You look in on the boys. Mike is pale. Marc’s color is pretty good despite the tubes, wires, and machines trying desperately to keep up his life’s functions.

Back to Mike’s bed, “Let him go to his mother and sister,” you say, “I love you, Mike.”

New Year’s Eve and the third part of your life is gone.

Father says mass on New Year’s Day at mom’s. He helps ease the burden that words can’t describe. Your wife, Barbara, had helped at Sunday School and had been involved in other activities at Sacred Heart Church. Your little princess, Karen, with her silly ways, had captured Father’s heart. Mike, the altar boy, had been liked by all he came in contact with. The three of them had done so much in their short lives. They were so involved – collecting for muscular dystrophy, swimming for cancer, Boy Scouting. Mike had worked hard for all his achievements. Karen had always been busy with her baton twirling, figure skating and Brownies. My Barbara, that beautiful person who was loved and liked by everyone.

These were three good people wasted. Your burning hatred is for that man; if he had killed himself only his family would have cared. “Curse him forever!” you hear yourself saying, “Suffer in hell all eternity, you bastard.”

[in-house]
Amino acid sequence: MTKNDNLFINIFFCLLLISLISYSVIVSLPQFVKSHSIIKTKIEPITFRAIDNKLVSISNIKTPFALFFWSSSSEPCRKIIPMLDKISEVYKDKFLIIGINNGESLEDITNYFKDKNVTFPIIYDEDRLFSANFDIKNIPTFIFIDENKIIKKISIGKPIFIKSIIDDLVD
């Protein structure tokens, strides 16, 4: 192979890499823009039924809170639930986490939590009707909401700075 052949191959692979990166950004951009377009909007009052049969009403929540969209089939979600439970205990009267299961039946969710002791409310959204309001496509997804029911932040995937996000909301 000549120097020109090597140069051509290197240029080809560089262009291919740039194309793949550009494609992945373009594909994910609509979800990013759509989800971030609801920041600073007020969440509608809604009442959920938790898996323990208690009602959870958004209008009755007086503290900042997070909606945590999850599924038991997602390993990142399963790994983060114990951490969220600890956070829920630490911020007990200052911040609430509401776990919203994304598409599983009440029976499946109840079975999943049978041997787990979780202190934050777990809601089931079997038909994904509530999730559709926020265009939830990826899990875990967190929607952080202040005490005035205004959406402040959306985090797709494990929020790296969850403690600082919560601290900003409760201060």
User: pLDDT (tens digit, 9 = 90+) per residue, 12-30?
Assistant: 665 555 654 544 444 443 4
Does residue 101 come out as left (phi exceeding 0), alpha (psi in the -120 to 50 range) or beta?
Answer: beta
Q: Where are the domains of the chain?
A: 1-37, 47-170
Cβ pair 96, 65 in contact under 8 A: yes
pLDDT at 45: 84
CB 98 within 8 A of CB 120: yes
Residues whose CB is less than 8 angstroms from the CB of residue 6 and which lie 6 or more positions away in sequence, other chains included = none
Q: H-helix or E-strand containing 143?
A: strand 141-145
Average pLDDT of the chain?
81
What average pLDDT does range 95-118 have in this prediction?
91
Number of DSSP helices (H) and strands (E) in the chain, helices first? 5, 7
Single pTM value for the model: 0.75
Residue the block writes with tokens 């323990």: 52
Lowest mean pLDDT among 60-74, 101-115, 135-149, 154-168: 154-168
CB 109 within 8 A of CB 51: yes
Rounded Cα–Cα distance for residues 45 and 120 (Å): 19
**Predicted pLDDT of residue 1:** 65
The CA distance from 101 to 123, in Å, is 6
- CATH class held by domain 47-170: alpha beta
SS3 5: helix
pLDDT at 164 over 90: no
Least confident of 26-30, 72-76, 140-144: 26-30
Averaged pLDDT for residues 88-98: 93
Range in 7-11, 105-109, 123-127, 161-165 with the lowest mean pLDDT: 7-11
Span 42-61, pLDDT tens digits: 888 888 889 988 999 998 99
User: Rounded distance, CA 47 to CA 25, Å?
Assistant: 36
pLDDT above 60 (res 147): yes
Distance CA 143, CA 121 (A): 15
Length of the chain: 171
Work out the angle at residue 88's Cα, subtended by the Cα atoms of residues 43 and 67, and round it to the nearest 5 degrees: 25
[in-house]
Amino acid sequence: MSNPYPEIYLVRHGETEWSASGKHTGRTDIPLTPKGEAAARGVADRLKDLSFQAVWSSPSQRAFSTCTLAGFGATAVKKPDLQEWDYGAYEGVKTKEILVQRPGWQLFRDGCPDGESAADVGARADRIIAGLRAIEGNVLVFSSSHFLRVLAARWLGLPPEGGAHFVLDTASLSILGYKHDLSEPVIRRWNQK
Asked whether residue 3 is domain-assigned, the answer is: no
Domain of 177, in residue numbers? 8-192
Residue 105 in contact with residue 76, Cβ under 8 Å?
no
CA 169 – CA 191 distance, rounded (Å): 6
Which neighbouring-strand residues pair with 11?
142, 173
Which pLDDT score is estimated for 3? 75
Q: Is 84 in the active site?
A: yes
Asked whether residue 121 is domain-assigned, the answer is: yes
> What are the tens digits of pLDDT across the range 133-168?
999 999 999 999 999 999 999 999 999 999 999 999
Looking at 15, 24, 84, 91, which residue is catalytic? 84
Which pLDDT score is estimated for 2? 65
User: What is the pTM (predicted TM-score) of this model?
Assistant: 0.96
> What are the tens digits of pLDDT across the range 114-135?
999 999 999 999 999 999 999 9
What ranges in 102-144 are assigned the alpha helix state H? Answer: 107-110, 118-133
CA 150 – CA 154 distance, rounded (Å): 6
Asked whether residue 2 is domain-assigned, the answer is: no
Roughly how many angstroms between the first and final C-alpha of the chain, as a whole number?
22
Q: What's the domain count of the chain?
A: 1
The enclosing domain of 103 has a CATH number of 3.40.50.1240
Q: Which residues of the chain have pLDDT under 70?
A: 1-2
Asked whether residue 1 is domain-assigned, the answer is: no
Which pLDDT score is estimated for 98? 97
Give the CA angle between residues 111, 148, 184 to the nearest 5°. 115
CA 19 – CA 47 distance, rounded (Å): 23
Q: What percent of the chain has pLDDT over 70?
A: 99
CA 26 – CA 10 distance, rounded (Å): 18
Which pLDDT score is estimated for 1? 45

Funeral arrangements, the wake, so many, many people. You try to hold together and watch out for mom. You try to remember all who come. Some sign the memorial book; some don’t.

After what seems a long, time, the people dwindle. It’s time to go.

The next morning you return to the funeral home. More people come and depart. Time for you to go, kiss them farewell, the tears burning down your cheeks.

Outside, many cars are lined up and move slowly with a police escort to the village church for Mass. All along the way the procession is escorted by police from the many towns you pass through. You wind your way into town where you see friends from your own department and the men from the State Police. They are all immaculate and precise in their uniforms.

The snow-covered church is ahead, inside, Father has left up the huge Christmas tree. It is decorated with home-made ornaments which the children made and it’s ablaze with hundreds of tiny white lights. Mass begins, and vaguely you hear the strains of “Amazing Grace.” The entire choir is here.

You cannot keep from looking at the three light blue coffins. “Why? In the name of God, why?”

Father invites all to receive communion, regardless of their religion. As people come up, you see a brother officer, more from other departments, Barbara’s employer, the children’s teachers. Boy Scouts, girls from Karen’s baton school, endless lines of empty faces. Then Mass is over. As you pass your home on the way to the cemetery you wonder what it will be like later.

Standing there the wind is crisp, sun shining. Father read from the book and blesses the coffins. “Dust to dust,” is what is heard faintly. Then one last look, walk away with heavy heart.